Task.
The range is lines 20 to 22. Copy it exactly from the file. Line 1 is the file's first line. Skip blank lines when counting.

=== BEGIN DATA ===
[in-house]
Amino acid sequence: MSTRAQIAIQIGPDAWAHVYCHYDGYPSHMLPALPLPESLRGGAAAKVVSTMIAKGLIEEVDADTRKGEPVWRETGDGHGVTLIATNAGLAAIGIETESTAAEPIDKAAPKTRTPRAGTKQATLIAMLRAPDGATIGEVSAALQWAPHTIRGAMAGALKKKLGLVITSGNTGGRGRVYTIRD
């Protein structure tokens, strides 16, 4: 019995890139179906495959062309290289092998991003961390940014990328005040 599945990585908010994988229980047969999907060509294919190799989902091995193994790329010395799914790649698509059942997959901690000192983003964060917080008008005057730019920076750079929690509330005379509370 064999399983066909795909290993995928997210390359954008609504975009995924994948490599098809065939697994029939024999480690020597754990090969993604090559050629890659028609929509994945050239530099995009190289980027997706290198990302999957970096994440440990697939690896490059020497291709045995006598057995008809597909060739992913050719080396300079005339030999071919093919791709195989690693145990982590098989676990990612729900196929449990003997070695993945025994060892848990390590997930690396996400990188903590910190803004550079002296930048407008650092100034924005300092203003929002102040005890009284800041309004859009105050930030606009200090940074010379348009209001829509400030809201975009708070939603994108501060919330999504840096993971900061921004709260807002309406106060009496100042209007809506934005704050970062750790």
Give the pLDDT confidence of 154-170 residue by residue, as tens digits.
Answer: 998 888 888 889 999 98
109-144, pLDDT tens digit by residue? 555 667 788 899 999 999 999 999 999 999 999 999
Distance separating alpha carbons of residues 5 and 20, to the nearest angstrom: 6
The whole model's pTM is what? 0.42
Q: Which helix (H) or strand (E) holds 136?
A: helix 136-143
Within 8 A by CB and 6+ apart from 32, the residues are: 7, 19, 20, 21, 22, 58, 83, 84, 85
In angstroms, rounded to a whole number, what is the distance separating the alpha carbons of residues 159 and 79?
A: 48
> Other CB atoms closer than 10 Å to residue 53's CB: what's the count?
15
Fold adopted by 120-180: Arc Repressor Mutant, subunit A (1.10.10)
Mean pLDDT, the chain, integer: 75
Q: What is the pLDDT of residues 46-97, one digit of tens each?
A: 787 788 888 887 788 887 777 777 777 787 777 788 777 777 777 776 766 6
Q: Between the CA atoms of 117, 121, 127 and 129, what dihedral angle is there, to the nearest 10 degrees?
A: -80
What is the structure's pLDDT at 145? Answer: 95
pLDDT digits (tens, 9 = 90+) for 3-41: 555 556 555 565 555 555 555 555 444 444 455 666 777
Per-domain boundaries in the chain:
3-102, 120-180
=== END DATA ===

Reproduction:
Q: Between the CA atoms of 117, 121, 127 and 129, what dihedral angle is there, to the nearest 10 degrees?
A: -80
What is the structure's pLDDT at 145? Answer: 95